‘Cleaner’ Arteries for Regular Coffee Drinkers

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Wednesday, 04 March 2015

Researchers in Korea believe that consuming a moderate amount of coffee on a daily basis might be the key to avoiding clogged arteries.

More than 25,000 male and female candidates were studied as part of the research. Each of them undertook routine health checks at their place of work.

It was found that employees who consumed between three and five cups of coffee a day were less likely to show early signs of heart disease. These findings add to the question about how healthy coffee is for the heart.

There has been a vast amount of confusion about the effect coffee has on heart health.

Some studies have correlated coffee consumption to heart risk factors such as rises in blood pressure and cholesterol, whereas others suggest that it actually provides some protection for the heart.

Either way, there is no concrete evidence. This new research from South Korea only contributes to the debate.

The study used medical scans to calculate the health of the candidates’ hearts. They were specifically on the look-out for any diseases in the coronary arteries, which supply to the heart.

In patients with coronary heart disease, these arteries become clogged as fatty material gradually builds up in the walls. The scans used in the study searched for tiny calcium deposits in the artery walls, which would provide early evidence that the disease process may have begun.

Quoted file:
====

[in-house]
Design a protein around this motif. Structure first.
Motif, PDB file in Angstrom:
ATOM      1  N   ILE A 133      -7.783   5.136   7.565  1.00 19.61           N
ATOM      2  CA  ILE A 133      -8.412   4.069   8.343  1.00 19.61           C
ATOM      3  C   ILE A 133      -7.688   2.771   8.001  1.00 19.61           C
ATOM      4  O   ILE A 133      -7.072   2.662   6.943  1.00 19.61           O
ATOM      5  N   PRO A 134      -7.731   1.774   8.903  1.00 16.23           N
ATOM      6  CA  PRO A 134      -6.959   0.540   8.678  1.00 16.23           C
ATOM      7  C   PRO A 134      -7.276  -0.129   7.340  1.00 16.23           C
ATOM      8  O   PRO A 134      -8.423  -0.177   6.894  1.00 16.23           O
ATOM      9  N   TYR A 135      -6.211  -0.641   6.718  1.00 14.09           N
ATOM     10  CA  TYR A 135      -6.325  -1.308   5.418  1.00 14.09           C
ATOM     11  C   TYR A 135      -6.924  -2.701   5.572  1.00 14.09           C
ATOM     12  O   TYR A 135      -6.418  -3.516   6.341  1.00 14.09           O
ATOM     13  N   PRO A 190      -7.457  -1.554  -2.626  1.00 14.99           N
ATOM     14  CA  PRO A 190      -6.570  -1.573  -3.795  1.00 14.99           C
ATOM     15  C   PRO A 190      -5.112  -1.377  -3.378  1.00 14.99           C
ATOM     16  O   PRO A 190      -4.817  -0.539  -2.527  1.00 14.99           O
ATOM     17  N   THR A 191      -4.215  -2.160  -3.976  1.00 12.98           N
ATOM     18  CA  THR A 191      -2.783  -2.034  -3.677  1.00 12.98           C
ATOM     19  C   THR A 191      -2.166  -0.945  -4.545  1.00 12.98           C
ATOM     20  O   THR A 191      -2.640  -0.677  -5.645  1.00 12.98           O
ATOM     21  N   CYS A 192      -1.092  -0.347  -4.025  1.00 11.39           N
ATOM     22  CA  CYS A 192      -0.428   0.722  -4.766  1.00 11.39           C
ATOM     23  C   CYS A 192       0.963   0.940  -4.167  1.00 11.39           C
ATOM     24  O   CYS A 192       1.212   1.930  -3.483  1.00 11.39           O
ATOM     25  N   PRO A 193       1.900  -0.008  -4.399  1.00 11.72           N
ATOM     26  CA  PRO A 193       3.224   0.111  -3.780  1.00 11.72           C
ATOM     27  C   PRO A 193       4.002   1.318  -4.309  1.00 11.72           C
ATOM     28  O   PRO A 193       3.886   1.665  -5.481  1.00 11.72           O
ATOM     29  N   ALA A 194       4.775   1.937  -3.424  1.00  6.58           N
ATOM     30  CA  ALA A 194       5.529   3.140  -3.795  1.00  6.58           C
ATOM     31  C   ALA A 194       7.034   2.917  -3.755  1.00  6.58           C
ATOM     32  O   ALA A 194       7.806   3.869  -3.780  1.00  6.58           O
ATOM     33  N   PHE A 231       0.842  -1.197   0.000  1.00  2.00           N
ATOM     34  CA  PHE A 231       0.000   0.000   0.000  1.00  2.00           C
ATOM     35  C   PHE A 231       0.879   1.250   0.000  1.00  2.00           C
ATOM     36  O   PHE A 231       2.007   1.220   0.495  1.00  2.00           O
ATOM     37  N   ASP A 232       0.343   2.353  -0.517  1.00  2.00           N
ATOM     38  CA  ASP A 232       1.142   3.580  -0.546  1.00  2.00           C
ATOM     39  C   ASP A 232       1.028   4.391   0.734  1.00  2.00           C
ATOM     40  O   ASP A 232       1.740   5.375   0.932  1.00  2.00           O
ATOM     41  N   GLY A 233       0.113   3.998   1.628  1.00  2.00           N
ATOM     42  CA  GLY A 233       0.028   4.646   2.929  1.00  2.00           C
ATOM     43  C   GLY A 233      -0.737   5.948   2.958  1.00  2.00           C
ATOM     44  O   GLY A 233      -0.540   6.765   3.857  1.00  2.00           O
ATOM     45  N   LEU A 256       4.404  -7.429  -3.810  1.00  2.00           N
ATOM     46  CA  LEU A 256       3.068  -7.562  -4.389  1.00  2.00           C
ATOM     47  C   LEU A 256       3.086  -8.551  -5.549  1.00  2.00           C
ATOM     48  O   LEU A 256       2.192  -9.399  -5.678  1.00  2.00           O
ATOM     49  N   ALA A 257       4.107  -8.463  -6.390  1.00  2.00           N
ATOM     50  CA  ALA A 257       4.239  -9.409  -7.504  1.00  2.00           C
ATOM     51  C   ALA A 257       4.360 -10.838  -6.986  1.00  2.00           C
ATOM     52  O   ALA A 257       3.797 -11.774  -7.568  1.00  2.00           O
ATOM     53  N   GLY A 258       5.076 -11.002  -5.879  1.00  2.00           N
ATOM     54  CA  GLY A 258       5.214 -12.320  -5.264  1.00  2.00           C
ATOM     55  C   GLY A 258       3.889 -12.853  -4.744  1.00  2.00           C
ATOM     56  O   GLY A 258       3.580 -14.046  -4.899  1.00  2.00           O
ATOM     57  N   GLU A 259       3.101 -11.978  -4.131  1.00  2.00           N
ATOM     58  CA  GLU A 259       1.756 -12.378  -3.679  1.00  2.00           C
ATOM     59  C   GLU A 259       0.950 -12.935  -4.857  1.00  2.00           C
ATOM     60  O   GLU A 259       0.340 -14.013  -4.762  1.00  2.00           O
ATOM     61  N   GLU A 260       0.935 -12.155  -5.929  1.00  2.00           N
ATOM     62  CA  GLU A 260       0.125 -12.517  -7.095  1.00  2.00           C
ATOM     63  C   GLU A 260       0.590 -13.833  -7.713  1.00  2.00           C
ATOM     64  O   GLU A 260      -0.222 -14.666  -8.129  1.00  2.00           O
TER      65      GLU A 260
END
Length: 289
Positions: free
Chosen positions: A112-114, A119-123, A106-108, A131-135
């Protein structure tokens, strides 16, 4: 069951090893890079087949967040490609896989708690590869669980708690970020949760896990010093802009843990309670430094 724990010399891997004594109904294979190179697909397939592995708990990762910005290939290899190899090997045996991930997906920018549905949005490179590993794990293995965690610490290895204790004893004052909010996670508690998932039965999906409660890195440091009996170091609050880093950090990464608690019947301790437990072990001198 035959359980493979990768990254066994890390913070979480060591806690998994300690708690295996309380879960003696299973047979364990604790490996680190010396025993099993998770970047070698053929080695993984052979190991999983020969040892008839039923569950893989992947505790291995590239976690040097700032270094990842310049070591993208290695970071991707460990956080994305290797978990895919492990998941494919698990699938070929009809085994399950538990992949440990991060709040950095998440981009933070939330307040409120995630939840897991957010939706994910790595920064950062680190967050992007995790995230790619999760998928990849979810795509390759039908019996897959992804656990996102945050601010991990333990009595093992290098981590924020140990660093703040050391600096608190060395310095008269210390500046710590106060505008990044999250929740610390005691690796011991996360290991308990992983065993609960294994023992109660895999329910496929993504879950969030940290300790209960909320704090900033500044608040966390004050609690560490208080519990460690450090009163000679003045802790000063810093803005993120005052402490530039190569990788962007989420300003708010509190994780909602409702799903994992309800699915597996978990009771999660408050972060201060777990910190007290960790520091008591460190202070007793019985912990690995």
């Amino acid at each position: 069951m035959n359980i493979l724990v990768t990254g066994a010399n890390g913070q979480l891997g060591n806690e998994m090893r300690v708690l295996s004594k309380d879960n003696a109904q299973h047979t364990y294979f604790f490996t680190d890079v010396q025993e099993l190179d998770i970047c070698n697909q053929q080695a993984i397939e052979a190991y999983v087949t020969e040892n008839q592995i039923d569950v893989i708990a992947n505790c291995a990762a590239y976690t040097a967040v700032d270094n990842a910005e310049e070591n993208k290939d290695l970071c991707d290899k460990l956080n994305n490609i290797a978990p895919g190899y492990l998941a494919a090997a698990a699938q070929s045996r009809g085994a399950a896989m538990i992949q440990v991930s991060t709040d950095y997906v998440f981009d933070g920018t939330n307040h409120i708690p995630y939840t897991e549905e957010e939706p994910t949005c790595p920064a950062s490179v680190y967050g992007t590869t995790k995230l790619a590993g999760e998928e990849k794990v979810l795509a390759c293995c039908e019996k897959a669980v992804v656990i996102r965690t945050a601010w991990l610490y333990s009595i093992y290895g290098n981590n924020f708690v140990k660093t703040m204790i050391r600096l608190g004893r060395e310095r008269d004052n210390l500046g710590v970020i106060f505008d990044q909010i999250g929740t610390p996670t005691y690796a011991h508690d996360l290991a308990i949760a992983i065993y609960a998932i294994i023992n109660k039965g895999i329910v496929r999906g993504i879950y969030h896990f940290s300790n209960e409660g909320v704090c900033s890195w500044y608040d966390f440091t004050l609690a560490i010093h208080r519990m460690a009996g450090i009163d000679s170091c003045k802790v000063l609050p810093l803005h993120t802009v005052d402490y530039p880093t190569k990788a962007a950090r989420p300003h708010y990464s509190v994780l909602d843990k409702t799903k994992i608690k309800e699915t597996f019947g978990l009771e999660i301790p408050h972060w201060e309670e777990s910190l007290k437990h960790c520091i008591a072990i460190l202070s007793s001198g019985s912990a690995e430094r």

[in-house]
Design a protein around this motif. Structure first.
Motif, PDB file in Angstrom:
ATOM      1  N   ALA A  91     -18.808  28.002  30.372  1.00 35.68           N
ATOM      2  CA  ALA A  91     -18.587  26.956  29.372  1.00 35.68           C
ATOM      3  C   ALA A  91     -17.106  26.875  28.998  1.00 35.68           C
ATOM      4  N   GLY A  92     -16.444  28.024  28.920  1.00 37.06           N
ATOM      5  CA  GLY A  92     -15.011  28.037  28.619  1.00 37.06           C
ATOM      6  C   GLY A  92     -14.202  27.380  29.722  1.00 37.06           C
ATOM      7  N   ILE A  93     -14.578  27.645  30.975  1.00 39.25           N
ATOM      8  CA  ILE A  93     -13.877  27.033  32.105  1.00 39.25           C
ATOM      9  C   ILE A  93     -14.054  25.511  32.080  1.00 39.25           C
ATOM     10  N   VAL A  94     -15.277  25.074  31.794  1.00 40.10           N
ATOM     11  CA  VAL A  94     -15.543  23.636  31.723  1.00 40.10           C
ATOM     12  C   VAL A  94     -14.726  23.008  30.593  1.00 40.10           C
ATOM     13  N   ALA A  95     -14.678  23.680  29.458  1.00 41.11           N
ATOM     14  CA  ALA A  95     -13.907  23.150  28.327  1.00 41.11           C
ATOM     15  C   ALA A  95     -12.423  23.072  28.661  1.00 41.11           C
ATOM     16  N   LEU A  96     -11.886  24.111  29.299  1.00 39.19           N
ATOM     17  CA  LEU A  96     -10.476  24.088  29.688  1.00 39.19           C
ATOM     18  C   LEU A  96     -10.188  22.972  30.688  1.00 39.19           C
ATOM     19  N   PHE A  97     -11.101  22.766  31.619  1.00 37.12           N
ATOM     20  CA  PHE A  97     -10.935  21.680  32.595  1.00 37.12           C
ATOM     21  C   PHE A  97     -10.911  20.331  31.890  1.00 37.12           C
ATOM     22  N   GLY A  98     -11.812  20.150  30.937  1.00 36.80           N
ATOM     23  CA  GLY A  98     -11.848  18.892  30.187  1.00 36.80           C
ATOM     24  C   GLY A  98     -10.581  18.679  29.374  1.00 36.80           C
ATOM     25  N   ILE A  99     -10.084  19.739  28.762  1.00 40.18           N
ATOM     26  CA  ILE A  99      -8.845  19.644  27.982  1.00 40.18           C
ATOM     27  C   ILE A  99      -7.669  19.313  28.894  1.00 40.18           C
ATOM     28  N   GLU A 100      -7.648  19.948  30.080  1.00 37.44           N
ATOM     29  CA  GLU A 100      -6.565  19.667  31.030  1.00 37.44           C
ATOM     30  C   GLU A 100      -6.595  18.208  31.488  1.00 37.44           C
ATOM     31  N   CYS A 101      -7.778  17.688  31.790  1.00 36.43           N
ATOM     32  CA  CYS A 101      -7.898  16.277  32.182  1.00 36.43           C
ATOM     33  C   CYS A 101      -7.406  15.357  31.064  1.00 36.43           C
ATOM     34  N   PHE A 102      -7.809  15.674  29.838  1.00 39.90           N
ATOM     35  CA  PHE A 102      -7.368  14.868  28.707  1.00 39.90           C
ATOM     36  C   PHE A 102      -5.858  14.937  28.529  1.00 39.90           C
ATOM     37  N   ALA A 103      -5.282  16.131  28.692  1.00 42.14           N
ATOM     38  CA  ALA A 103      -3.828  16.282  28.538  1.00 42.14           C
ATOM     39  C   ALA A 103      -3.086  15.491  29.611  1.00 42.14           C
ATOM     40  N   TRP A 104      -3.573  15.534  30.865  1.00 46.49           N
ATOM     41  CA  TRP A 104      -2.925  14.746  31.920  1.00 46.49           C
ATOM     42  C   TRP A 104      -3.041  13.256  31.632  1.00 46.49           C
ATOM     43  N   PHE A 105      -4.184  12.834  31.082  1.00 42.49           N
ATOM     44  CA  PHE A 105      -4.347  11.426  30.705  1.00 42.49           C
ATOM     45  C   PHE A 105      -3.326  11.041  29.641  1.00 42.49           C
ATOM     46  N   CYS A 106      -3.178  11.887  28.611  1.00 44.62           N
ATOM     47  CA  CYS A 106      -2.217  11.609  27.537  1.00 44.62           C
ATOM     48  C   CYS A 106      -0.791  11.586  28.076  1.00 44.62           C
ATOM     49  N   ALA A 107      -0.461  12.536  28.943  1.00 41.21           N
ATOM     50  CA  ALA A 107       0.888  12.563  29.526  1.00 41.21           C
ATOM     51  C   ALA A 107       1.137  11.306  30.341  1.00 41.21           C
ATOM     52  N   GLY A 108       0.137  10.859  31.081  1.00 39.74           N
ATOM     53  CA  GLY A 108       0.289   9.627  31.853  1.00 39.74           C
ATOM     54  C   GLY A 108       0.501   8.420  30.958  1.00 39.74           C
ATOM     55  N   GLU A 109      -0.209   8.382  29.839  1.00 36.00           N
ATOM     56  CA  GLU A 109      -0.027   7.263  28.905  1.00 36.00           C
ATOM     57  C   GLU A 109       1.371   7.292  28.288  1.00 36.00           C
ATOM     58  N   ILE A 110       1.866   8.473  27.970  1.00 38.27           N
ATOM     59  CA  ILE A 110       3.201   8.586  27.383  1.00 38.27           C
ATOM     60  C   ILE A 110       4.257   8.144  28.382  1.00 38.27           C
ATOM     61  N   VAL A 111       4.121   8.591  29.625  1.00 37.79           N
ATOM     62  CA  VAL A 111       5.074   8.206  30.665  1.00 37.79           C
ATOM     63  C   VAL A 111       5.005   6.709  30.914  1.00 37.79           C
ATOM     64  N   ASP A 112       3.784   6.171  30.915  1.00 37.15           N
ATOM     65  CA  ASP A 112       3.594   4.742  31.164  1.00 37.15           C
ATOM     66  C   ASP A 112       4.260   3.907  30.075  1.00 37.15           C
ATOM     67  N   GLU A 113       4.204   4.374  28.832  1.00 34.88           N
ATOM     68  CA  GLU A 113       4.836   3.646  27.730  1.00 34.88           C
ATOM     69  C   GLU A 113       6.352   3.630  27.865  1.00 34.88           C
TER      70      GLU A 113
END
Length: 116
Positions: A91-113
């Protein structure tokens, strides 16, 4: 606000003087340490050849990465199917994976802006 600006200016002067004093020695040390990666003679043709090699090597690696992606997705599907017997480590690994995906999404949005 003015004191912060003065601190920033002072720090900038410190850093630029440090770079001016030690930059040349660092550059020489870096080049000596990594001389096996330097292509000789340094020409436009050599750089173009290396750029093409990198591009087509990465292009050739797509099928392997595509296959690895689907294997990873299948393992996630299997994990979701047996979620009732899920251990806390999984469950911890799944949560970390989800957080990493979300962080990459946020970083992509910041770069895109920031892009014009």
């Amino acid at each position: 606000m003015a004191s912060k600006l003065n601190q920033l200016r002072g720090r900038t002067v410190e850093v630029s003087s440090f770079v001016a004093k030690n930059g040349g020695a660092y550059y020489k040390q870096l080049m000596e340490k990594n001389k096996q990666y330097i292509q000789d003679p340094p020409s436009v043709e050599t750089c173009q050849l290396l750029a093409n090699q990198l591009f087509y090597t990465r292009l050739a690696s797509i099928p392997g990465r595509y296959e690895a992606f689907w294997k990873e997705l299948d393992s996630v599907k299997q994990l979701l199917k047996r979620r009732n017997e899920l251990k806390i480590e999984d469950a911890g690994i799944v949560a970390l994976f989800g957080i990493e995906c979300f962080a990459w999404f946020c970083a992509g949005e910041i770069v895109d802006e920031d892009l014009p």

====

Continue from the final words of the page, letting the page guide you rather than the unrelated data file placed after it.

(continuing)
None of the candidates showed noticeable signs of heart disease, but more than 1 in 10 showed visible calcium deposits in their scans. These results were compared with the employees’ daily consumption of coffee, accounting for other heart risk factors such as family history, smoking and lack of exercise.

Employees who drank moderate amounts of coffee each day were found to be less likely to have deposits of calcium in their coronary arteries than people who drank more than this or no coffee whatsoever. Authors of the study claim that more research is needed to explain and confirm the link.

Coffee contains caffeine, as well as a number of other compounds. However, it is not clear if these cause more harm or good to the body.

Spokesperson from the British Heart Foundation, Victoria Taylor, says that although the study does highlight the potential of a link between consumption of coffee and a lower risk of clogged artery development, more research is necessary in order to confirm the findings and understand the association.

She adds that it’s important to be careful of generalising the results because it is based on the population of South Korea, who have different lifestyle and diet habits to the UK population.